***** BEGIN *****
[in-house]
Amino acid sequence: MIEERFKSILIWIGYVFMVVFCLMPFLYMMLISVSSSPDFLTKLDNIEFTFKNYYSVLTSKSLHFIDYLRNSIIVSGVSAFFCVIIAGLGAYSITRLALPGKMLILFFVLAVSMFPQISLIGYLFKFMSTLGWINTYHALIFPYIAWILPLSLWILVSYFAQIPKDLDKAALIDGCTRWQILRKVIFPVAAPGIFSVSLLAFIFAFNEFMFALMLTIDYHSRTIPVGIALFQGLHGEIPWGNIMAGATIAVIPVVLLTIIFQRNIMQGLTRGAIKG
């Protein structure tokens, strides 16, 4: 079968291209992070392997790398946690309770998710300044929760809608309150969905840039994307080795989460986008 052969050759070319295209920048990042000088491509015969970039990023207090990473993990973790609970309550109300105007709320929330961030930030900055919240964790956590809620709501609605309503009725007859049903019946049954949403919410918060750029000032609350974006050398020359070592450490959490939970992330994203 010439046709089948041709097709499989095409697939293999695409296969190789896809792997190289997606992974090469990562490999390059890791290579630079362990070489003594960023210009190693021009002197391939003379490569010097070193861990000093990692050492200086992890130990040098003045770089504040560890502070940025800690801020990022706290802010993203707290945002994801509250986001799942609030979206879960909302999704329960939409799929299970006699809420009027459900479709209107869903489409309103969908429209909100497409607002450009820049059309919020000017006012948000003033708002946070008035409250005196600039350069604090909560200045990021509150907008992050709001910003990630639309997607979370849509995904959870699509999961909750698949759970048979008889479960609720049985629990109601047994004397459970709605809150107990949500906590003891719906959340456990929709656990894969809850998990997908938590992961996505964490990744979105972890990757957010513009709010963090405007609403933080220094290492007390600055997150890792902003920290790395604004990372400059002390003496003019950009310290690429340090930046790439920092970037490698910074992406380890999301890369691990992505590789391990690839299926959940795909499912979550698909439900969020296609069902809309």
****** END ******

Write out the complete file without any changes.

[in-house]
Amino acid sequence: MIEERFKSILIWIGYVFMVVFCLMPFLYMMLISVSSSPDFLTKLDNIEFTFKNYYSVLTSKSLHFIDYLRNSIIVSGVSAFFCVIIAGLGAYSITRLALPGKMLILFFVLAVSMFPQISLIGYLFKFMSTLGWINTYHALIFPYIAWILPLSLWILVSYFAQIPKDLDKAALIDGCTRWQILRKVIFPVAAPGIFSVSLLAFIFAFNEFMFALMLTIDYHSRTIPVGIALFQGLHGEIPWGNIMAGATIAVIPVVLLTIIFQRNIMQGLTRGAIKG
């Protein structure tokens, strides 16, 4: 079968291209992070392997790398946690309770998710300044929760809608309150969905840039994307080795989460986008 052969050759070319295209920048990042000088491509015969970039990023207090990473993990973790609970309550109300105007709320929330961030930030900055919240964790956590809620709501609605309503009725007859049903019946049954949403919410918060750029000032609350974006050398020359070592450490959490939970992330994203 010439046709089948041709097709499989095409697939293999695409296969190789896809792997190289997606992974090469990562490999390059890791290579630079362990070489003594960023210009190693021009002197391939003379490569010097070193861990000093990692050492200086992890130990040098003045770089504040560890502070940025800690801020990022706290802010993203707290945002994801509250986001799942609030979206879960909302999704329960939409799929299970006699809420009027459900479709209107869903489409309103969908429209909100497409607002450009820049059309919020000017006012948000003033708002946070008035409250005196600039350069604090909560200045990021509150907008992050709001910003990630639309997607979370849509995904959870699509999961909750698949759970048979008889479960609720049985629990109601047994004397459970709605809150107990949500906590003891719906959340456990929709656990894969809850998990997908938590992961996505964490990744979105972890990757957010513009709010963090405007609403933080220094290492007390600055997150890792902003920290790395604004990372400059002390003496003019950009310290690429340090930046790439920092970037490698910074992406380890999301890369691990992505590789391990690839299926959940795909499912979550698909439900969020296609069902809309």